Sunday, July 3, 2011

Taiwan: 2011 Summer Fellows - Traditional Characters

After reading Chris's post I'll definitely second how frustrating it is to arrive here and be unable to read simple things I could understand very well on the mainland. The worst is when I want breakfast; I don't live at a university so there's no cafeteria and I'm dependent on street vendors. When looking for something remotely breakfast-like I often cannot read the menu in front of the cart. I definitely love traveling and trying new things, but no, I would not like a hot dog or a fried chicken sandwich before 9am, thank you. Yesterday I ventured pretty far from my apartment to see if there were some better options but I couldn't find anything and ended up eating at McDonald's. My ultimate solution was to find a vendor who sells 2 or 3 palatable things and just remember what they are so I don't get stuck with junk food. When it comes to lunch and dinner I'm a bit more willing to be adventurous.

In a lot of other situations though, like reading street signs, figuring out the name of a building or looking at the captions on the bottom of the TV screen, comprehension is surprisingly easy. I could not write most of these characters if you put a gun to my head but reading them is much easier if you have a strong base in mainland Chinese characters. This level of confusion works in reverse as well; one of my teachers could not read the simplified character for "leaf" and I had to tell her what it was. I then joked, "Don't worry, I'm very happy to teach you Chinese."

In the classroom, however, I rarely use traditional characters; even though my school is based in Taipei most books have simplified characters and a lot of the dialogues take place in mainland cities like Beijing or Guangzhou. This may be because several of their branch offices are on the mainland and it would be hard to market books there with traditional characters, but I'm not sure this is the reason. Of course, this makes class much easier but has failed to prove any help in ordering breakfast.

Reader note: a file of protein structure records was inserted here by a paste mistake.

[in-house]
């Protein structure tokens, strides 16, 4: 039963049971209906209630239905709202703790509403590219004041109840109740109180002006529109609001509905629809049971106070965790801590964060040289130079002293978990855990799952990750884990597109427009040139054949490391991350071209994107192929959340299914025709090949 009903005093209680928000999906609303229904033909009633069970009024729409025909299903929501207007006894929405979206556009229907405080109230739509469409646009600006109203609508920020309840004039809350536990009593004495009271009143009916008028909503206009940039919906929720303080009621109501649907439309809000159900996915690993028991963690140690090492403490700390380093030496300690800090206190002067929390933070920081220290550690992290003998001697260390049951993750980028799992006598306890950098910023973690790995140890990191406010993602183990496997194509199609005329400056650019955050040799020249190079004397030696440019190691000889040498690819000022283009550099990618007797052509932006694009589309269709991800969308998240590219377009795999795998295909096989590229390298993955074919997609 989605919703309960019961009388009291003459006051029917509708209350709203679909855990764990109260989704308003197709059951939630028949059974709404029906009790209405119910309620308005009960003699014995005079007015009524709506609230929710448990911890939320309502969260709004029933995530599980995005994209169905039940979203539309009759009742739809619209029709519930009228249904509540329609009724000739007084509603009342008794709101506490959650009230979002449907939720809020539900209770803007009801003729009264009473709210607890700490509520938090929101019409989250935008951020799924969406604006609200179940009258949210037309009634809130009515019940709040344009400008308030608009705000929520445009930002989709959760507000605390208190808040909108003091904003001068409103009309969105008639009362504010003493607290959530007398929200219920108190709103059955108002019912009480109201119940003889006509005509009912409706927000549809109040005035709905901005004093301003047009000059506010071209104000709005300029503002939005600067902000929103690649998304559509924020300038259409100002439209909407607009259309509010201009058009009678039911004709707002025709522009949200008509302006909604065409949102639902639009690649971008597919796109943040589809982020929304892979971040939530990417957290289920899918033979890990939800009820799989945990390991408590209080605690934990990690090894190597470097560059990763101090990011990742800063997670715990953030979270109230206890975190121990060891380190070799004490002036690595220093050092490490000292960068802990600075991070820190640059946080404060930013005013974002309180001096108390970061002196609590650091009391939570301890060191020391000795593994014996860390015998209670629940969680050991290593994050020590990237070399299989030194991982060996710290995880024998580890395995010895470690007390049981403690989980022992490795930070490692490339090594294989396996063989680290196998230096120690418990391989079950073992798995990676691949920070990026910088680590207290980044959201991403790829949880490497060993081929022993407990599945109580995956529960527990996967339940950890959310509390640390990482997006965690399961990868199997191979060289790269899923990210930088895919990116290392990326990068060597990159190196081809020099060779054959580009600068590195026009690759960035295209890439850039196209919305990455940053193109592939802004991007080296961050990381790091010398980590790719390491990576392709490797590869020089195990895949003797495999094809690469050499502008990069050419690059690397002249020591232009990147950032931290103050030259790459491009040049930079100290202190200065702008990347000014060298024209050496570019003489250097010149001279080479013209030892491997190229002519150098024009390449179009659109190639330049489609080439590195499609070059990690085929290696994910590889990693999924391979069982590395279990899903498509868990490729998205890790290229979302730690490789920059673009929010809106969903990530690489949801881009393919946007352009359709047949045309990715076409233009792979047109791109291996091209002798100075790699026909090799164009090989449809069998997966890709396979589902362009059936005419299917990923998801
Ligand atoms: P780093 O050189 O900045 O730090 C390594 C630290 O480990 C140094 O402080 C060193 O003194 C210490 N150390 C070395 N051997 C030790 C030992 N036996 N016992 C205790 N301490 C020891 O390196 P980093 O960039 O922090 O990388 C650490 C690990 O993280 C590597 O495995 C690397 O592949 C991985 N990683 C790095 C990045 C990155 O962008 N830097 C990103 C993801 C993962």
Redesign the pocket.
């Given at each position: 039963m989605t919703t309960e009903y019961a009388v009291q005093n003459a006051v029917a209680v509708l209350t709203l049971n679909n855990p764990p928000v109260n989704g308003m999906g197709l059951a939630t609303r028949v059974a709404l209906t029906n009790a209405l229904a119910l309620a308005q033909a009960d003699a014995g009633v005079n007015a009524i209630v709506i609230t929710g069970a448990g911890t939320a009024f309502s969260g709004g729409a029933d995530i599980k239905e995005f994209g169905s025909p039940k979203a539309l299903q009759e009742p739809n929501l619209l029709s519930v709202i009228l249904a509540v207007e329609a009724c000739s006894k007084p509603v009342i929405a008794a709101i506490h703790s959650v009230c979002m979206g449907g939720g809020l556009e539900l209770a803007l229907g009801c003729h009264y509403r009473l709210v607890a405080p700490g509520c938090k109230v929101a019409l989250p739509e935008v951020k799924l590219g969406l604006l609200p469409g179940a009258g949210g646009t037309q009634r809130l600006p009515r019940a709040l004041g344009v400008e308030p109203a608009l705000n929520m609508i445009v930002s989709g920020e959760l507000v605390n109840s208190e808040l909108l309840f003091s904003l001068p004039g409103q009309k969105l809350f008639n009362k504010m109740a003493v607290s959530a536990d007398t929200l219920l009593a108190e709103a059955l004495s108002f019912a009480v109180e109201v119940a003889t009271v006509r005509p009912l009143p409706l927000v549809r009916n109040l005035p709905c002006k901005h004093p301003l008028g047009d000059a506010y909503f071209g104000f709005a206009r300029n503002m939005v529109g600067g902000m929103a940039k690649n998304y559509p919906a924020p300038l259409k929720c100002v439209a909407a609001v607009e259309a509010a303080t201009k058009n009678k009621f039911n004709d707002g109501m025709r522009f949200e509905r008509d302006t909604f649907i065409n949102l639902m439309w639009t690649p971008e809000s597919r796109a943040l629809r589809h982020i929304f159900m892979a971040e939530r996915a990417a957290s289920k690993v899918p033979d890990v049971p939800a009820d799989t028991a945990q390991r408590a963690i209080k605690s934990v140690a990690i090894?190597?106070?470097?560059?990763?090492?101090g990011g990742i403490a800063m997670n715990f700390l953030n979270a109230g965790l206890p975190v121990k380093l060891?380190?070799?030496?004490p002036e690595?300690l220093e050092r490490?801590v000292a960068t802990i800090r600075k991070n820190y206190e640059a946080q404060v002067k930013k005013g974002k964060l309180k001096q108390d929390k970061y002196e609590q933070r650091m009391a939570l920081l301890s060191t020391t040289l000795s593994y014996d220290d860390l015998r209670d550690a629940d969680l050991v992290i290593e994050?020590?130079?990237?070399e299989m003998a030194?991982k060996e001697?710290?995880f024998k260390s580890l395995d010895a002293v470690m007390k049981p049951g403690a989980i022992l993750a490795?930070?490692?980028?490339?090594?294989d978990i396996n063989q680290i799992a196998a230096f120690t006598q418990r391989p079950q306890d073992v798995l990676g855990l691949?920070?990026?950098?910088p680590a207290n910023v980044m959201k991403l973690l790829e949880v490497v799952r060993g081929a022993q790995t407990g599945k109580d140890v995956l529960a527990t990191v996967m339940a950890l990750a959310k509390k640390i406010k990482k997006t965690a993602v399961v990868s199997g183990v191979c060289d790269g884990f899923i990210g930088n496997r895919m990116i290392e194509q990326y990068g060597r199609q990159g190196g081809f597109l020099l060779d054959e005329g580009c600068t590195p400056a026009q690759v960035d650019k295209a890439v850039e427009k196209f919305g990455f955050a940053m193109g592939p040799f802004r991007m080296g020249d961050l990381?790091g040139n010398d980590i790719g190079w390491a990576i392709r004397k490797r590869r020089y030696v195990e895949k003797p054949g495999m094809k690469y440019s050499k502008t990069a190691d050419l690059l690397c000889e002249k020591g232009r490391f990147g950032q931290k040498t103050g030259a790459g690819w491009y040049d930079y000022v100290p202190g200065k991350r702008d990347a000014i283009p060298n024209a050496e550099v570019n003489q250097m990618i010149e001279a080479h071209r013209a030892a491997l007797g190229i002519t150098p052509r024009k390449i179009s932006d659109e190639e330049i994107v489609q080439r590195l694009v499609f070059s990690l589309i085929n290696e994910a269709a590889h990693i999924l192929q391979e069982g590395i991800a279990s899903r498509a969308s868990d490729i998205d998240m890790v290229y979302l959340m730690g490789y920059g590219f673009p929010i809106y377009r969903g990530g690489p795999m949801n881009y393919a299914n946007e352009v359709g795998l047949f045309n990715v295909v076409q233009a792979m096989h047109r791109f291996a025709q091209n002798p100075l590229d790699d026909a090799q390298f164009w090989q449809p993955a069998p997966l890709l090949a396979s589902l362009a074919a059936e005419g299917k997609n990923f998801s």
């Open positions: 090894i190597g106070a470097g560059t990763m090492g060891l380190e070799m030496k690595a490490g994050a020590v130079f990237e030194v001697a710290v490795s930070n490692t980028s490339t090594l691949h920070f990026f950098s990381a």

Another little difference that proves annoying now and then is how every once in a while you encounter a word that means something slightly different in Taiwan than it does on the mainland but it changes the entire meaning of your statement. For example, some friends asked me why I like South Park and I told them because I think it's funny. However, the mainland word for "funny," kexiao, holds a meaning closer to the word "pathetic" when you say it in Taiwan. So I basically told my friends "I like it because it's pathetic." No matter how good you are at Chinese on the mainland, you're bound to make a similar mistake every once in a while in Taiwan.

Overall, though, I came here to be challenged and so far I'm not disappointed. Enough aspects are similar to mainland China that I have no problem getting by but at the same time the subtle differences keep me on my toes. If you've lived on the mainland for a while and then choose to visit Taiwan keep this in mind; don't get frustrated but try to recognize it as part of the experience. In some ways it's like starting over but you should be able to sidestep the more substantial difficulties.

Shawn Lynott
MA International Affairs 2012
Sigur Center 2011 Chinese Language Fellow
Taipei Language Institute, Taiwan

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